Marriage and Unromantic Realities
I also remember one wedding where the groom, in his speech, described his wife and himself as being ‘good partners in life’. The phrase puzzled me at the time because it just seemed a bit matter-of-fact - where was the emotion?
But the reality is that it’s not just advisable to think about the practical components of compatibility with another, it’s necessary. You might ask:
Do you both tend to make good financial decisions together?
What are your professional aspirations, and are they aligned?
Where do you see yourselves geographically and financially in ten years?
This is what the groom meant by ‘partners’; that they shared the same outlook in these areas… and, of course, they were both in love.
Marriage and the planning of a wedding unavoidably raise many important questions like these, as well as, ‘who are we as a couple, what do we want, where are we headed and how are we going to get there?’ It is this very essence of marriage - a future together forever - that engages us in a discussion which might not have occurred otherwise.
If it sounds like a means to an end or a fringe benefit, it might just be. But if the net result is an improved chance of success, then surely the end must justify the means.
Marriage, Grit, and Having a Support Network
Finally, no relationship is a walk in the park. Fortunately, we can bring to bear our empathy, compassion, selflessness, great communication and listening skills and our reading of the billion or so ‘How to Have a Successful Relationship’ blogs out there (whoops, fell into that one) to get us through…well, that’s the ideal.
Back in the real world, we need all the help we can get and marriage and weddings provide this assistance.
At a time when things aren’t going well - you’ve tried everything and a separation is being considered - it’s my view that the idea of a traumatic divorce might just offer enough incentive to stop and consider the situation again. In and of itself, it’s not going to resuscitate a lifeless relationship but it just might offer one more reason to ‘give it go’. It reminds me of the unending pain when I cycled up the Takaka Hill in Golden Bay - a million twists and turns, suddenly a plateau, the relief, only to discover it wasn’t the peak and there was more pain to come. I don’t think of the pain any more, only the sense that I succeeded and thankfully didn’t give up when it got tough.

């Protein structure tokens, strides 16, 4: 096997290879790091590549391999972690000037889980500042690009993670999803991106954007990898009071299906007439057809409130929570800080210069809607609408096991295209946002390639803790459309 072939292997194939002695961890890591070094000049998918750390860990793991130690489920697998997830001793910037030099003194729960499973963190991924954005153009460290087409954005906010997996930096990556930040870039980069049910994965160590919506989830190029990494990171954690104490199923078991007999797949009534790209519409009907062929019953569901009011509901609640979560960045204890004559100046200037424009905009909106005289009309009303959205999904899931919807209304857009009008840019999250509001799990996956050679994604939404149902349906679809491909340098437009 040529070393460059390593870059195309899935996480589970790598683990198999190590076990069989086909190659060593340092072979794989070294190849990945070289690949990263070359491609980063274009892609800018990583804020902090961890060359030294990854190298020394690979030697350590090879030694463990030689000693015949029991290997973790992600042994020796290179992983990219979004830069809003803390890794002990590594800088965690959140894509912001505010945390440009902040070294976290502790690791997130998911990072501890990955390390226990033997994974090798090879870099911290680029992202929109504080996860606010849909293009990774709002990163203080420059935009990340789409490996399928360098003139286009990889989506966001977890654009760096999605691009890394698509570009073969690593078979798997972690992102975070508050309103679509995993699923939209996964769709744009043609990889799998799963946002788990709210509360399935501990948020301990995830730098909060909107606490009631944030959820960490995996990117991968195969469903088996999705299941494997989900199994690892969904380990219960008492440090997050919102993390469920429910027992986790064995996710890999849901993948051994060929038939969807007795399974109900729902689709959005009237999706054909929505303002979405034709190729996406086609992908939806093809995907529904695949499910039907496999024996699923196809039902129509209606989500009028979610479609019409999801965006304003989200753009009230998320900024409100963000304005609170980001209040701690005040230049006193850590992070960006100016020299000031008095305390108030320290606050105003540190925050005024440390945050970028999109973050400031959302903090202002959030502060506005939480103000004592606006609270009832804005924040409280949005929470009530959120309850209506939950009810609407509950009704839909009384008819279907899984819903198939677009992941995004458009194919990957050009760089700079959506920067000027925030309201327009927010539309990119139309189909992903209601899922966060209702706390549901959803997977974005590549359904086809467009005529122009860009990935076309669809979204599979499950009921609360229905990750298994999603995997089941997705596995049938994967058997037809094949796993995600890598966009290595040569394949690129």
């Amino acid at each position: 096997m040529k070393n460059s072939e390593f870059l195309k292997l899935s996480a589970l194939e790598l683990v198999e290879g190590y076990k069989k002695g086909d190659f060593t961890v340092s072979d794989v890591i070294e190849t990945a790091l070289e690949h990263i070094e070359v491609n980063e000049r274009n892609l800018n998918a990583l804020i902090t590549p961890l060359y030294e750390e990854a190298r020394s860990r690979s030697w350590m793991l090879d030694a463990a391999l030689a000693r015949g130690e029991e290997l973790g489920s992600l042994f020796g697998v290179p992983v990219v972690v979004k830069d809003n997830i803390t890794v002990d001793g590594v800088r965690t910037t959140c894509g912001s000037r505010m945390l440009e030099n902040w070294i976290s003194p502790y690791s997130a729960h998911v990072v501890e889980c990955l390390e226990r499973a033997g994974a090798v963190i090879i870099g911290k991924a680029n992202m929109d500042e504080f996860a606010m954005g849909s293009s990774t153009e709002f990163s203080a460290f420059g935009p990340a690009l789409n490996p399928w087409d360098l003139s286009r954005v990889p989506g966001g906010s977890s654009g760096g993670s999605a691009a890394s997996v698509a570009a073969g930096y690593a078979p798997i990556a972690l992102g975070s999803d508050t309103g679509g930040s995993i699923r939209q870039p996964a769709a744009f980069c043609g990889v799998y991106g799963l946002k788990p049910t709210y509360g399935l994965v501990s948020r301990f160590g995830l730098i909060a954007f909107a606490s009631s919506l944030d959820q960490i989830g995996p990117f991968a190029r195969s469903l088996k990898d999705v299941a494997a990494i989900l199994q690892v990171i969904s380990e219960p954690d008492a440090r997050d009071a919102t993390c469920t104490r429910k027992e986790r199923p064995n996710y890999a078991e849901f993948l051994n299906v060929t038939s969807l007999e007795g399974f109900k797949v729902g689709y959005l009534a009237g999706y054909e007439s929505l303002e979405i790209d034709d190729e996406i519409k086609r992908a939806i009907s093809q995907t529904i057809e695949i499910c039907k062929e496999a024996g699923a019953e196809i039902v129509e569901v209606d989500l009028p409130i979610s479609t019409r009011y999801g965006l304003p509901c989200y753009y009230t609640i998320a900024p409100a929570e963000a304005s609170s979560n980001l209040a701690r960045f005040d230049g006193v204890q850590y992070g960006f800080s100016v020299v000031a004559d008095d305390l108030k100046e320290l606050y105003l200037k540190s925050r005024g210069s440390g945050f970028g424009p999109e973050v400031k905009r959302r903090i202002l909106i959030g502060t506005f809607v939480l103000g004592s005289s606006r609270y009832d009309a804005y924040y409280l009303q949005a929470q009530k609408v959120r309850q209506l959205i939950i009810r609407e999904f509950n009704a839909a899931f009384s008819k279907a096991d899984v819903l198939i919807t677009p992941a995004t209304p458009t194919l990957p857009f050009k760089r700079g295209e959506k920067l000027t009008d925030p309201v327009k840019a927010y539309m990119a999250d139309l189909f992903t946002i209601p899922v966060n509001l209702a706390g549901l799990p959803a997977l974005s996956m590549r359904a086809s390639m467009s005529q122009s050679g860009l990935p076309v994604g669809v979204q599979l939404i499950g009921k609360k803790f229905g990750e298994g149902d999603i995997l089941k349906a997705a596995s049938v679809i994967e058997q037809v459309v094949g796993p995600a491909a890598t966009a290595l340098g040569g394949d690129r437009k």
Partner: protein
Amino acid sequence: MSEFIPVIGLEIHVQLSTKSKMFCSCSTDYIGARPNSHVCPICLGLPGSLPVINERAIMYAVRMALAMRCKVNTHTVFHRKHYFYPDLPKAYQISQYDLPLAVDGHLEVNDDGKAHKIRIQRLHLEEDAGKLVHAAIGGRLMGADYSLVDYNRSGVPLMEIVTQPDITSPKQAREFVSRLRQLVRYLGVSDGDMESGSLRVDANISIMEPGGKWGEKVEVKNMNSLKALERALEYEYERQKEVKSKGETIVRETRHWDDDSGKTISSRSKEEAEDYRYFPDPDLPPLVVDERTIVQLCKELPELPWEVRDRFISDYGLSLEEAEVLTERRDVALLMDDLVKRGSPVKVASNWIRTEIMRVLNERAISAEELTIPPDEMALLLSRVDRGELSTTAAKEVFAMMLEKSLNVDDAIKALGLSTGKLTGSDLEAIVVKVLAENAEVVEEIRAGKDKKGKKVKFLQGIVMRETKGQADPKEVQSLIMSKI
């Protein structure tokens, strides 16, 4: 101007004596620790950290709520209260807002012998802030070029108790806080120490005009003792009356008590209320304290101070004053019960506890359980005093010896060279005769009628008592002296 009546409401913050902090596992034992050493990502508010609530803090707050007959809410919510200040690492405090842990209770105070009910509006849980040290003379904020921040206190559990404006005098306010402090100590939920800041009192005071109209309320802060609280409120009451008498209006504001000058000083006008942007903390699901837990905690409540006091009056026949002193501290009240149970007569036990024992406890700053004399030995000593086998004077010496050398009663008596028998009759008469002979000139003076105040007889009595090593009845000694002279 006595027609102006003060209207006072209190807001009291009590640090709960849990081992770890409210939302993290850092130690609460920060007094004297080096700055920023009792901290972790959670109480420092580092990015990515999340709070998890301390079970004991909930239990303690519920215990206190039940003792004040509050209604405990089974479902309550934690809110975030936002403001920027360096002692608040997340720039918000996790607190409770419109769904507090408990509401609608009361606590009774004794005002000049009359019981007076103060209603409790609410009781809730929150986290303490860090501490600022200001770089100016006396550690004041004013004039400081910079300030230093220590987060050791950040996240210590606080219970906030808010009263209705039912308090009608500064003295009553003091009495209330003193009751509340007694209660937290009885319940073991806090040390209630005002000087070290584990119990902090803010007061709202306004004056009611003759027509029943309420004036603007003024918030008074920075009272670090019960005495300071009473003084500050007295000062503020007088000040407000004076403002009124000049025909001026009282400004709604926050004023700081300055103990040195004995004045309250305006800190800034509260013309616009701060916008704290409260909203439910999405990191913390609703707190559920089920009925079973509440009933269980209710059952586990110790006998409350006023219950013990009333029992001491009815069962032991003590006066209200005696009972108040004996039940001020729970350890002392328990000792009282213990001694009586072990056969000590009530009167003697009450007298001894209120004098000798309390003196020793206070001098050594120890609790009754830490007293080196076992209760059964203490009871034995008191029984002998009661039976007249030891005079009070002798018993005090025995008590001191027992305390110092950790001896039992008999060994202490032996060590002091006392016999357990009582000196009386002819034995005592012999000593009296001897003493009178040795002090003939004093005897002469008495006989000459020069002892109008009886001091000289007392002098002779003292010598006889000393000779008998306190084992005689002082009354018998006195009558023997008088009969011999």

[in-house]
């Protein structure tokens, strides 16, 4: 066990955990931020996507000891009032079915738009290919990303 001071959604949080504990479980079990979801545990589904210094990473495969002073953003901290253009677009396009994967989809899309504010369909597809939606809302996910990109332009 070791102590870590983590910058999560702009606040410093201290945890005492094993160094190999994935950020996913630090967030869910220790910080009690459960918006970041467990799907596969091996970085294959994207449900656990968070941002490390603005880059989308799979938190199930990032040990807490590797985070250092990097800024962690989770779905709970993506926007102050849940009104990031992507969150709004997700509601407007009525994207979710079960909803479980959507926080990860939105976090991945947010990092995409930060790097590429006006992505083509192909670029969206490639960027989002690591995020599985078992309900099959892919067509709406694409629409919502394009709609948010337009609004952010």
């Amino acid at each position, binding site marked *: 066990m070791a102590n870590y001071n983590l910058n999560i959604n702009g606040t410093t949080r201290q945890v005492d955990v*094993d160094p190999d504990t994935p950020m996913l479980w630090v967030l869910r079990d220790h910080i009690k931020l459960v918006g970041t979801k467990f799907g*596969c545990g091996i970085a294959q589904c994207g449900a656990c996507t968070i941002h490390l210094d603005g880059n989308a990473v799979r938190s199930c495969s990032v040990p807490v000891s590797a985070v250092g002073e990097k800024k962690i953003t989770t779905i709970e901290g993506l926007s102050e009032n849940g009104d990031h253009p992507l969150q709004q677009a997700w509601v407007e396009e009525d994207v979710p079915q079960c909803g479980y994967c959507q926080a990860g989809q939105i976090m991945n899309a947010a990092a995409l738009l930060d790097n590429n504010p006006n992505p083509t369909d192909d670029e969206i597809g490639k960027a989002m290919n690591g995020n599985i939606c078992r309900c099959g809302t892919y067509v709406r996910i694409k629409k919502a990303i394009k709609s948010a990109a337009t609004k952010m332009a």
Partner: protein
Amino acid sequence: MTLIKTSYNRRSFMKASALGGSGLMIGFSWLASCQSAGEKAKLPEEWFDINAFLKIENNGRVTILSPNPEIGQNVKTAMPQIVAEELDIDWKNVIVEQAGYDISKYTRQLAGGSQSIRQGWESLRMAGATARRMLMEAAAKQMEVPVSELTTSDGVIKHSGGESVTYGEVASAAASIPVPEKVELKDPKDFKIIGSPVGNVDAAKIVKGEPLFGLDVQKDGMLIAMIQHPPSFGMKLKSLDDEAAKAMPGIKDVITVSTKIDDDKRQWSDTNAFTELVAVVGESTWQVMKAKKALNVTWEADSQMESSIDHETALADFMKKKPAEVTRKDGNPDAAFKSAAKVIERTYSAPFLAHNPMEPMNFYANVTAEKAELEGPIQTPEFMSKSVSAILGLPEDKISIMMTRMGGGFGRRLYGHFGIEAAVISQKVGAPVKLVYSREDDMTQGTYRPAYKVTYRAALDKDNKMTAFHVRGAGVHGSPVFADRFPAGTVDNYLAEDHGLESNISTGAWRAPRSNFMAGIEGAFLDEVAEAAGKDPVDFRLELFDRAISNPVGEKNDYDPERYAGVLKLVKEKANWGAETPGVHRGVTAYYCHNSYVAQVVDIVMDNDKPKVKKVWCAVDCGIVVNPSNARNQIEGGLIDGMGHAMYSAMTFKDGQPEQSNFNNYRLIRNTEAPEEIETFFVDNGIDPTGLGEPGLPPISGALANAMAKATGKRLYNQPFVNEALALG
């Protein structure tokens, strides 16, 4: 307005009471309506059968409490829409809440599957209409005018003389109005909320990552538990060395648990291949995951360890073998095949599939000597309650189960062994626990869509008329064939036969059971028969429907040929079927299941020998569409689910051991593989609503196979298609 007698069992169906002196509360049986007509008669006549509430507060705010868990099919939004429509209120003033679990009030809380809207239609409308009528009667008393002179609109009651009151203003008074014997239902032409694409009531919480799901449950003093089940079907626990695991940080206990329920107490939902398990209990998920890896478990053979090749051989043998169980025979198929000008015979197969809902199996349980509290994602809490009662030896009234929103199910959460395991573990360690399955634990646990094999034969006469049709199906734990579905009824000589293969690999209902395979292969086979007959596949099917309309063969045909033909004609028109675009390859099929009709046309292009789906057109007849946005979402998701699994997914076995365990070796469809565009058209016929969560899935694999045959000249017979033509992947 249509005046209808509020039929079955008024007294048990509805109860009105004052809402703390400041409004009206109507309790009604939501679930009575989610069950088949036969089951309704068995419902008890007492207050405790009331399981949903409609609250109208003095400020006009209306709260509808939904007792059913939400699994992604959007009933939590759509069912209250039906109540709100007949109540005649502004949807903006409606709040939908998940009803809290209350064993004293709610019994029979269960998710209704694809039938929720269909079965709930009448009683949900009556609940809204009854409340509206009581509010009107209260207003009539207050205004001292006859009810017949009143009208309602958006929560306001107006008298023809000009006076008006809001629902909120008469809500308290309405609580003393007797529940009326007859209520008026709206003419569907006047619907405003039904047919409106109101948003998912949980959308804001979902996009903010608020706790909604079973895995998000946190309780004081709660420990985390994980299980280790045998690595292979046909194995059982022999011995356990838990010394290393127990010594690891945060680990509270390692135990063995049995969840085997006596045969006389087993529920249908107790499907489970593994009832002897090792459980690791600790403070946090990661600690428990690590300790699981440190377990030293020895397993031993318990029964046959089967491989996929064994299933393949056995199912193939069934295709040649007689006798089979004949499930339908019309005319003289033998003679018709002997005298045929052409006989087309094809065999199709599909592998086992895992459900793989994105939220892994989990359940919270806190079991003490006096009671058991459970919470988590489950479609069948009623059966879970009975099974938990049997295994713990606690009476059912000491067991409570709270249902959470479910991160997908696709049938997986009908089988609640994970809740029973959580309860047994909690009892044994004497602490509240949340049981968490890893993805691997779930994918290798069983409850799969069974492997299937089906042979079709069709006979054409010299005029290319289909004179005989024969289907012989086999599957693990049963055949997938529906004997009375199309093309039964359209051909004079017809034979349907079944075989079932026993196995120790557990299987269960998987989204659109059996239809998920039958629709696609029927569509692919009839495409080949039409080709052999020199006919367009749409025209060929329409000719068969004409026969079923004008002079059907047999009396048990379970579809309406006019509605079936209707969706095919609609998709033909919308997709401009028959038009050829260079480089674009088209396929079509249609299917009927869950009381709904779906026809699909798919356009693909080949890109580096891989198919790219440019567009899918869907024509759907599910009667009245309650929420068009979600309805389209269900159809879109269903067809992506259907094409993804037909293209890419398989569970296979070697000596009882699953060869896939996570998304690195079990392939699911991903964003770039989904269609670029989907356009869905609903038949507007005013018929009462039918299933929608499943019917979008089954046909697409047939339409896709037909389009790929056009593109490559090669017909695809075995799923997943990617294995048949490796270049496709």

Additionally, weddings - or equivalent rituals - offer an opportunity to include something important that I wouldn’t think are typically part of a de facto relationship.
As a celebrant, I suggest to couples I’m marrying that we include ‘Guest Vows’ in their ceremony. Quite simply, this is me asking all their gathered friends and family if they will continue with their love and support of the bride and groom, offer counsel when asked and always be there for the couple.
The response is always an enthusiastic chorus of, ‘we will’ and thus another resource has been created - or, at least acknowledged - to assist the couple on their journey into and through marriage.
I don’t mean to be dismissive of de facto relationships - clearly they bring much happiness to many. And I don’t mean to set marriage up as an exclusive club full of bliss and harmony.
I do believe, however, that weddings and marriages are a very human experience, created out of a deep desire to be with someone forever. With the relative ease with which we can create and end relationships these days, achieving that goal has become harder.
Weddings offer unique opportunities for a couple to create benefits that flow through positively into their marriage. If you love someone and want to be with them forever, I can think of no better way to put these feeling into words and actions than the timeless tradition of celebrating your union with those you are closest to in this world: your friends and family.